Since breaking ground in Western North Carolina some 16 months ago, Facebook has been running at full speed to get its newest data center online. This week, Zuckerberg & Co. flipped the switch. The new facility, located in Forest City, touts the “first major deployment” of the outfit’s Open Compute Project web servers and will be the first “live test” of the OPC’s outdoor air-cooling design. It tends to get pretty warm around those parts and humidity levels are a bit outside of ideal data center conditions. The Carolina facility will mirror the projected power utilization effectiveness (PUE) of FB’s Oregon data center at just a smidge above 1 – somewhere between 1.06 and 1.08 to be exact. In other words, this means the ratio of power used by the structure and the actual power sent to the hardware is almost perfect with minimal energy loss. No matter, it’ll still be using plenty of power. A second identical building is slated to open on the site later this year, but for now, hit the source link for a bit more info on the initial launch.
Continue reading Facebook flips the swtich on its North Carolina data center, cooled with balmy mountain air
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The Mac Pro isn’t exactly known for being a terribly loud computer, but I guess you can make it even quieter by adding liquid cooling. Of course, it’s not Apple approved so adding this type of technology will no doubt void your warranty, but it would give you the ability to overclock your machine. In fact, this is exactly what someone from Asetek did; added liquid cooling to an 8-Core Mac Pro, and then overclocked it from 2.8Ghz to 3.16Ghz. The end result? An extremely fast workstation that generates almost no noise. Check out the video (with a performance comparison) after the jump:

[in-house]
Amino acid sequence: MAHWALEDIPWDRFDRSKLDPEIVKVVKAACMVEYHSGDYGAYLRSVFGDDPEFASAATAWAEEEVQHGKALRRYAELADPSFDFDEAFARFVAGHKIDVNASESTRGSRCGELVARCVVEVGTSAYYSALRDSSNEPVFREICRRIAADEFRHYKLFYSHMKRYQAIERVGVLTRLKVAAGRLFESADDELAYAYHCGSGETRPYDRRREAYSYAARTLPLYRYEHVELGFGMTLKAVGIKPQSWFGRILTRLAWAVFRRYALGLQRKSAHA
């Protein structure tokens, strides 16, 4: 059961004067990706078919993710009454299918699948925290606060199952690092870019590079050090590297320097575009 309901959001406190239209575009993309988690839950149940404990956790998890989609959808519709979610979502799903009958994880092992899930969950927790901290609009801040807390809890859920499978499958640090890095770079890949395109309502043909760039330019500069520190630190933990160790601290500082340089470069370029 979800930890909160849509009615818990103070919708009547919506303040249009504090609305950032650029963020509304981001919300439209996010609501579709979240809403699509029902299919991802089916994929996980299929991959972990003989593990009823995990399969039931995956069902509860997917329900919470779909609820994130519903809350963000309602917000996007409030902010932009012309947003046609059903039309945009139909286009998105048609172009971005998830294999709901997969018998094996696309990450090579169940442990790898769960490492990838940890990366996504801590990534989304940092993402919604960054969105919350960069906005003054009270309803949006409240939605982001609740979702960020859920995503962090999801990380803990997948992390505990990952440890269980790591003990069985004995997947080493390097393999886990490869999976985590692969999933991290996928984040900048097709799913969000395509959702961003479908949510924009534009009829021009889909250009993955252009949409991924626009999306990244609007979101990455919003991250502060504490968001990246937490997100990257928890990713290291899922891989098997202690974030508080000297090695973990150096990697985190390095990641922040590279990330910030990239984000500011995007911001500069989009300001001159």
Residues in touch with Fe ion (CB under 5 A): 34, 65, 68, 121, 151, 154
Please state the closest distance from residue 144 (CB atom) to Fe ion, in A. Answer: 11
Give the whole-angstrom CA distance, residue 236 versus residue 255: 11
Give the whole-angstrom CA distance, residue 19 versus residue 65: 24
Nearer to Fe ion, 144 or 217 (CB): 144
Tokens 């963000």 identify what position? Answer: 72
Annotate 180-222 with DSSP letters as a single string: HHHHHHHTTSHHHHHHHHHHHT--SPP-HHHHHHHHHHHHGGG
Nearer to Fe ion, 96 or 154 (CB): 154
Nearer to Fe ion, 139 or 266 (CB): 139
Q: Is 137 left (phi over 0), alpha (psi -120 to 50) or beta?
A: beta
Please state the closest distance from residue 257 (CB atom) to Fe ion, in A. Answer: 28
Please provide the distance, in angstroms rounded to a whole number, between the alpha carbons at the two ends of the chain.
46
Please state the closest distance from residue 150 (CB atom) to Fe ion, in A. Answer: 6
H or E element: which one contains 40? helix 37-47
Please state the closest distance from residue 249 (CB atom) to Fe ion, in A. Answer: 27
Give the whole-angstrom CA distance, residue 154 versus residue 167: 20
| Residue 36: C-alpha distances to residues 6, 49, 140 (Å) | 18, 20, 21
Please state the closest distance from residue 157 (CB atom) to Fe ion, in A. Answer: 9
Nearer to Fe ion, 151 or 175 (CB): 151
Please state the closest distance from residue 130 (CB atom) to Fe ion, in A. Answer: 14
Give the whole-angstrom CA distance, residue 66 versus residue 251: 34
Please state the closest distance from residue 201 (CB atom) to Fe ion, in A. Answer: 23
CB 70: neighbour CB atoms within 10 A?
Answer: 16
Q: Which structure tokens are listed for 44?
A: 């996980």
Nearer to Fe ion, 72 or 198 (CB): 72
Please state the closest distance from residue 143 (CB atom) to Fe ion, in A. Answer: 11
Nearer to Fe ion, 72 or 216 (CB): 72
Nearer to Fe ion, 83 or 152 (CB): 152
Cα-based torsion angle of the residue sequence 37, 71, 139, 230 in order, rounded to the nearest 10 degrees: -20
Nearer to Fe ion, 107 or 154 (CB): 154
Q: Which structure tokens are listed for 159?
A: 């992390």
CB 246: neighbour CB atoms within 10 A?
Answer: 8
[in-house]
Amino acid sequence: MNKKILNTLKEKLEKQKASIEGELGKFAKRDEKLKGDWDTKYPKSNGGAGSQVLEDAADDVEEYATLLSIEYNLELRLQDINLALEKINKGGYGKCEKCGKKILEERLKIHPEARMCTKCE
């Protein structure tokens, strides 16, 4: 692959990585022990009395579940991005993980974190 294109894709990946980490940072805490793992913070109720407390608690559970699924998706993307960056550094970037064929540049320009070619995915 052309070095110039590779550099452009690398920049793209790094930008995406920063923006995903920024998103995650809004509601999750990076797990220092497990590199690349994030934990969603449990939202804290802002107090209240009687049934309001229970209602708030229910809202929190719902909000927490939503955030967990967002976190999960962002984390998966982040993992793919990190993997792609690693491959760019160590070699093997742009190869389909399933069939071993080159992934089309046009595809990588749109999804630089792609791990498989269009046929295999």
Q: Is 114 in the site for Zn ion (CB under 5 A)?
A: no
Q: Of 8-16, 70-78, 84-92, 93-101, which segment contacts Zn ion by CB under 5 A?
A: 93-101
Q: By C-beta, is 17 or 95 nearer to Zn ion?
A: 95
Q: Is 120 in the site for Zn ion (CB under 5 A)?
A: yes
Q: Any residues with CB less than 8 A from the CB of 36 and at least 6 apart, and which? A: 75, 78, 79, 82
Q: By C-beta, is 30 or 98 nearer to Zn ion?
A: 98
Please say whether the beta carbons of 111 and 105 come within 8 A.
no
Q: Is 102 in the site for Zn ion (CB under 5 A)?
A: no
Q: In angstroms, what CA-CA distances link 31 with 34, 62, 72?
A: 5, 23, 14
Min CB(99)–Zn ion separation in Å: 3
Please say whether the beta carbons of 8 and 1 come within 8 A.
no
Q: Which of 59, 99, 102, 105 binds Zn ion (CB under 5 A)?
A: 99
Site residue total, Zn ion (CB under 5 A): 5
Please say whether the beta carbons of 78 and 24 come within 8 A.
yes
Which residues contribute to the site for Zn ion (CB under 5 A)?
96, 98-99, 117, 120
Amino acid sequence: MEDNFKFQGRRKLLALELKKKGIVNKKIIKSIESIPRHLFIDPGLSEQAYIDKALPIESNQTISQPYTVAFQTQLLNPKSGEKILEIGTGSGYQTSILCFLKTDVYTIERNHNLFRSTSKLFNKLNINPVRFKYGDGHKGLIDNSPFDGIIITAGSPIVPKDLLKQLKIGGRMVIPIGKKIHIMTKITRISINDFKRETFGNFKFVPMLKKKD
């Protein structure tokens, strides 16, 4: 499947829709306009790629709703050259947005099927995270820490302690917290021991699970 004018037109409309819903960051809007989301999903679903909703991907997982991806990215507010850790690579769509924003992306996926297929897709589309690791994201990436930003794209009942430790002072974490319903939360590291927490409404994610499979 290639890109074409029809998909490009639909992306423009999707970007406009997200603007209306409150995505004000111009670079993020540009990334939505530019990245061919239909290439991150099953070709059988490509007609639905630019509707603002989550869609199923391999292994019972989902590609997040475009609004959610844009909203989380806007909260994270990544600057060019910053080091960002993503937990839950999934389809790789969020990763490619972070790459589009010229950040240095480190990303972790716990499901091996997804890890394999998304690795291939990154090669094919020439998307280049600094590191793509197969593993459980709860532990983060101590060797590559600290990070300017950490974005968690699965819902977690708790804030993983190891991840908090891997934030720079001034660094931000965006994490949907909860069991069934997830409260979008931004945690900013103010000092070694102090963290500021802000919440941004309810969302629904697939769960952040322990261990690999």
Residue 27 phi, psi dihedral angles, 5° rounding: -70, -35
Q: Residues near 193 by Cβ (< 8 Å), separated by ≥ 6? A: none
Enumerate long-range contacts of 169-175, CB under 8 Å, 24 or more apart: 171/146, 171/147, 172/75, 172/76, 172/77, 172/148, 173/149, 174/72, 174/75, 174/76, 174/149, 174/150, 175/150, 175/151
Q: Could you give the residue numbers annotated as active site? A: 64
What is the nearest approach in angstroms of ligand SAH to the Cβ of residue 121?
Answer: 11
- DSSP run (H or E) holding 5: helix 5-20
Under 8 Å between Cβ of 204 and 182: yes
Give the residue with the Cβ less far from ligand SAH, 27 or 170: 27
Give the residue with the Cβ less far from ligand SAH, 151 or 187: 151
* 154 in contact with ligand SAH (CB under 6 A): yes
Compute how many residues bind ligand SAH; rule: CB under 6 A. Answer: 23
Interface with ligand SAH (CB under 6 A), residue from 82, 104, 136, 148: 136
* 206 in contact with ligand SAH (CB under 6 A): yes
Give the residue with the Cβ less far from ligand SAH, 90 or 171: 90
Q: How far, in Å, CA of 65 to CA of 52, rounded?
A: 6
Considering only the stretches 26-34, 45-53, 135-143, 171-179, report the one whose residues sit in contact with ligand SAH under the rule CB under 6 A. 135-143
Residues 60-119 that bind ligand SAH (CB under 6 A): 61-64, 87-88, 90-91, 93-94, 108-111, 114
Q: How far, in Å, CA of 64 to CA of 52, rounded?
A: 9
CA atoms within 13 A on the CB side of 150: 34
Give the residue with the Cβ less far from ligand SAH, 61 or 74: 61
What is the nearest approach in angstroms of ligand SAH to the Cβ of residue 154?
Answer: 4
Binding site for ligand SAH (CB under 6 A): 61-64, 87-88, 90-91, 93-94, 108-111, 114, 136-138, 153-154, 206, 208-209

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When you’ve got an entire desktop PC inches from your eardrums, it helps if the machine is dead silent… or as close to that dream as possible. That’s why we’re pleased that Shuttle’s new XPC X50V2 — last spotted wearing a toga — is now on sale with a completely fanless design for silent cooling. Since CES, the all-in-one has also gained legacy parallel and serial ports (you know, for your Zip drive) and room for up to 4GB of memory, but hasn’t lost any of its dual-core Atom D510 1.66GHz goodness or its school lunchbox charm. Though we haven’t heard official word about US availability, Shuttle’s domestic website places the MSRP at $400, and online retailers including Newegg already show the tethered touchscreen tablet in stock.
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